As one of the most rapidly urbanizing cities in the developing world, New Delhi confronts enormous challenges of urban and social equity at a time of profound economic and climatic uncertainty. As a result, the citizens of the world’s largest democracy live amidst extreme environmental degradation. Existing governance structures have been hard pressed to cope with the pace of the complex and rapidly evolving dynamics of economic and climate change. Toxic air and septic waters are simply collateral damage in this circumstance. They are the indicator of complex urban problems that need a holistic and multidisciplinary approach. The Yamuna River Project aims to help the city of New Delhi and its stakeholders re-imagine and transform the sacred, yet polluted, Yamuna River by offering a research based solution for dysfunctional river-city environments.

This publication presents the result of more than five consecutive years of focused research initiatives and designs from The University of Virginia School of Architecture towards the revitalization of New Delhi’s water bodies.

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Minister of Housing and Urban Affairs, Honorable Hardeep Singh Puri

A book launch for the publication, Yamuna River Project: New Delhi Urban Ecology, by UVA School of Architecture faculty Iñaki Alday and Pankaj Vir Gupta, and published by Actar Publishers, was held on April 27th in India. Hosted by Jose Ramon Barañano (Ambassador of Spain in India) and Thomas Katsouleas (Provost at UVA) the event took place at the Spanish Residence, Embassy of Spain in New Delhi.

The launch was a huge success, with major media outlets like India Today,, Business Standard and Outlook India reporting on the event.

As announced by India Today and the Press Trust of India (PTI), Minister of State for Housing and Urban Affairs Hon. Shri Hardeep Singh Puri, the Chief Guest at the book launch, expressed the importance of this project and the Delhi Development Authority (DDA)’s commitment to a comprehensive plan to restore and rejuvenate the Yamuna River. “We are seeing a revival of focus on rejuvenation of rivers and it is a must. For the Indian civilization in its modern form, we got [sic] to rejuvenate the urban space, and the cleaning and rejuvenation of the Yamuna and Ganga is at the heart of that.”

The event garnered the attention of many key constituents, with attendees including Minister of Housing and Urban Affairs, Honorable Hardeep Singh Puri; the Secretary of the Ministry of Water Resources, Mr. U.P. Singh; the Joint Secretary of the Ministry of Commerce and former CEO of the Delhi Jal Board (Delhi Water Authority), Mr. Keshav Chandra; President of YES Bank, Dr. Chubi Saturvedi; Head of the European Investment Bank and the Deputy Head of the Delegation of the European Union to India, Mr. Donald Canon and many more. Other guests included several representatives of the diplomatic community, representatives of several NGOs, including Toxic Links and CSE, CEOs of infrastructure companies based in India, artists and creative professionals.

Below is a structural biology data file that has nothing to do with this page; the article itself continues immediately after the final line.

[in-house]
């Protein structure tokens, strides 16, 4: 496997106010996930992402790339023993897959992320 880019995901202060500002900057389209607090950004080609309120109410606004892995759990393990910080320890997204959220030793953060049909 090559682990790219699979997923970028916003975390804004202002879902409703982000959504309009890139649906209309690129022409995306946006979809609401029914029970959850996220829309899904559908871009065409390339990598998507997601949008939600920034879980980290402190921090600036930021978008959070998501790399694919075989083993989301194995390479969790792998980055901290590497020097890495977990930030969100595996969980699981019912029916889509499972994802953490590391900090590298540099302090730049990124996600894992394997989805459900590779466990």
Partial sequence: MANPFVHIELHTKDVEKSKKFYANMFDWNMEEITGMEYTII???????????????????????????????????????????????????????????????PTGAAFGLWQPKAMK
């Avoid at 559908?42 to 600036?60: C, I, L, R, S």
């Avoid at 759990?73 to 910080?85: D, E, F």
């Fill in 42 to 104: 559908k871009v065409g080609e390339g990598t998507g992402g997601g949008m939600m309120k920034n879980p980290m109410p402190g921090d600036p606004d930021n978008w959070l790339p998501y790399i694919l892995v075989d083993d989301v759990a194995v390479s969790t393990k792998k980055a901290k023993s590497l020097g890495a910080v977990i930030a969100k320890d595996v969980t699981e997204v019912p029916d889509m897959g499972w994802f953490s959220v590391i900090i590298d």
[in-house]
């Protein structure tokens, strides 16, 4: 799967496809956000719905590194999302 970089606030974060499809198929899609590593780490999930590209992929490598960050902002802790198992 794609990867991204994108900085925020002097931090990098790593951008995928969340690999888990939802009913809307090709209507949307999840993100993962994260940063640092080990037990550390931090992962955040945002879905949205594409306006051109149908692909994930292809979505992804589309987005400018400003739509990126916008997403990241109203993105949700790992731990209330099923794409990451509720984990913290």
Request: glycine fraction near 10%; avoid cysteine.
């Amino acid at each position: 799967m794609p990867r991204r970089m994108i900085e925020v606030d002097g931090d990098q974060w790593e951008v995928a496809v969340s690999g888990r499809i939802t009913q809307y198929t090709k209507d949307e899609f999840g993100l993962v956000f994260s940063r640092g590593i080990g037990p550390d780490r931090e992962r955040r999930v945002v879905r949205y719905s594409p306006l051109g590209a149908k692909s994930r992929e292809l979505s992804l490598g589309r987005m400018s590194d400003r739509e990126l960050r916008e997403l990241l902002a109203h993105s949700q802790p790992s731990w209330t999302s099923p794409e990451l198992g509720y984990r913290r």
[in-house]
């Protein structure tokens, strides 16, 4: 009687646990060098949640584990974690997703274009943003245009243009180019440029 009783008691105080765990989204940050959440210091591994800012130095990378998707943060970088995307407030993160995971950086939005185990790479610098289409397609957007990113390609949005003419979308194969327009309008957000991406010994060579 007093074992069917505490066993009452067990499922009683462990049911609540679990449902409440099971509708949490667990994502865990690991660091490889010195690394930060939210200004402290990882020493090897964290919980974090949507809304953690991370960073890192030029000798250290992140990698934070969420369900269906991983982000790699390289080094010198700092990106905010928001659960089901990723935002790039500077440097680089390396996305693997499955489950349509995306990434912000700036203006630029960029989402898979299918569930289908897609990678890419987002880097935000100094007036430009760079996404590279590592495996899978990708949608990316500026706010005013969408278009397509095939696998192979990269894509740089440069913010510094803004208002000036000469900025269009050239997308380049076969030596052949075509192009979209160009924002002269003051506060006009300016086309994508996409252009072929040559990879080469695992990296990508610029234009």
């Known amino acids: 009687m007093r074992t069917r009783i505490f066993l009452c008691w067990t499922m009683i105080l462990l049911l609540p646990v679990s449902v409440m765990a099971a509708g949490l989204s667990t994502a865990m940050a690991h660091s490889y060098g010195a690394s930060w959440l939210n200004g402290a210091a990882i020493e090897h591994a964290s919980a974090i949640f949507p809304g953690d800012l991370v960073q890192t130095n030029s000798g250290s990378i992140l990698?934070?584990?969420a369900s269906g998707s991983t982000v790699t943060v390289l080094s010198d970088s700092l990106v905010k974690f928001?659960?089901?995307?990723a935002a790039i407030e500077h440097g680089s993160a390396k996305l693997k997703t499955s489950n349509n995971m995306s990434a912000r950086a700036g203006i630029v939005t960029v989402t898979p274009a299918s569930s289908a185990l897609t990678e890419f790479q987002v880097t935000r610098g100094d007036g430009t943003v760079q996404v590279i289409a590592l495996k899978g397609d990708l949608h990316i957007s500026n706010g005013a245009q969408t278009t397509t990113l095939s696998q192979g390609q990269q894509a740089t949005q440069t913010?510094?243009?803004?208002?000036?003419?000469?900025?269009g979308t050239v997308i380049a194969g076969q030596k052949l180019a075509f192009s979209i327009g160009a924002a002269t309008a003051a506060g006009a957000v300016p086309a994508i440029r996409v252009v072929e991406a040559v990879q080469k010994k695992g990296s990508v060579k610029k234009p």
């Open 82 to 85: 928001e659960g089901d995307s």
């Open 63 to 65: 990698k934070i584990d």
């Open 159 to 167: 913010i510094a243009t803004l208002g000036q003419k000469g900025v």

This publication presents the result of more than five consecutive years of focused research initiatives and designs from The University of Virginia School of Architecture and other university collaborators towards the revitalization of New Delhi’s water bodies. In collaboration with the Delhi Jal Board, The Yamuna River Project is an interdisciplinary research program, proposing to revitalize the ecology of the Yamuna River in New Delhi, and creating vital urban links with the Yamuna river, as it flows through India’s capital city.

Co-host and UVA Provost, Thomas Katsouleas, described the project as the single largest, multi-disciplinary study at the University of Virginia.

The Embassy of Spain in Delhi is honored to partner with the University of Virginia in a project that has the potential to change the way in which the development of a metropolis is conceived. Over the past decades, Spain has invested heavily in providing its cities with technology rich services, mobility and transportation systems, while guaranteeing efficient energy and water resource availability and management. Spain can rightfully claim to being a game changer when it comes to dramatic and sustainable urban transformation. Several Spanish cities like Barcelona, Bilbao, Madrid, Málaga and Santander are considered international benchmarks in the promotion of smart urban planning, incorporating new technologies to improve the city´s products, services and environment. Additionally, Spain chairs the United Nations Platform for Smart Sustainable Cities (U4SSC) gathering smart city stakeholders and advocating for public policy to encourage the use of ICTs to facilitate the transition to smart sustainable cities. Spain owes its “smart” success story to the long promoted model of sustainable urban development, a development that must be invariably adapted to the existing geographic, geological and climatic context of any urban area. Thus, Spain has linked its profound experience in water, basin and river management to the growth of the country and the needs of its population.

The Yamuna River Project binds all these focus areas in one multifaceted and brilliantly designed path. It mirrors for Delhi what Spain has advocated for its own cities, and hence brings Spain and India one step closer in jointly defining their priorities for a shared future.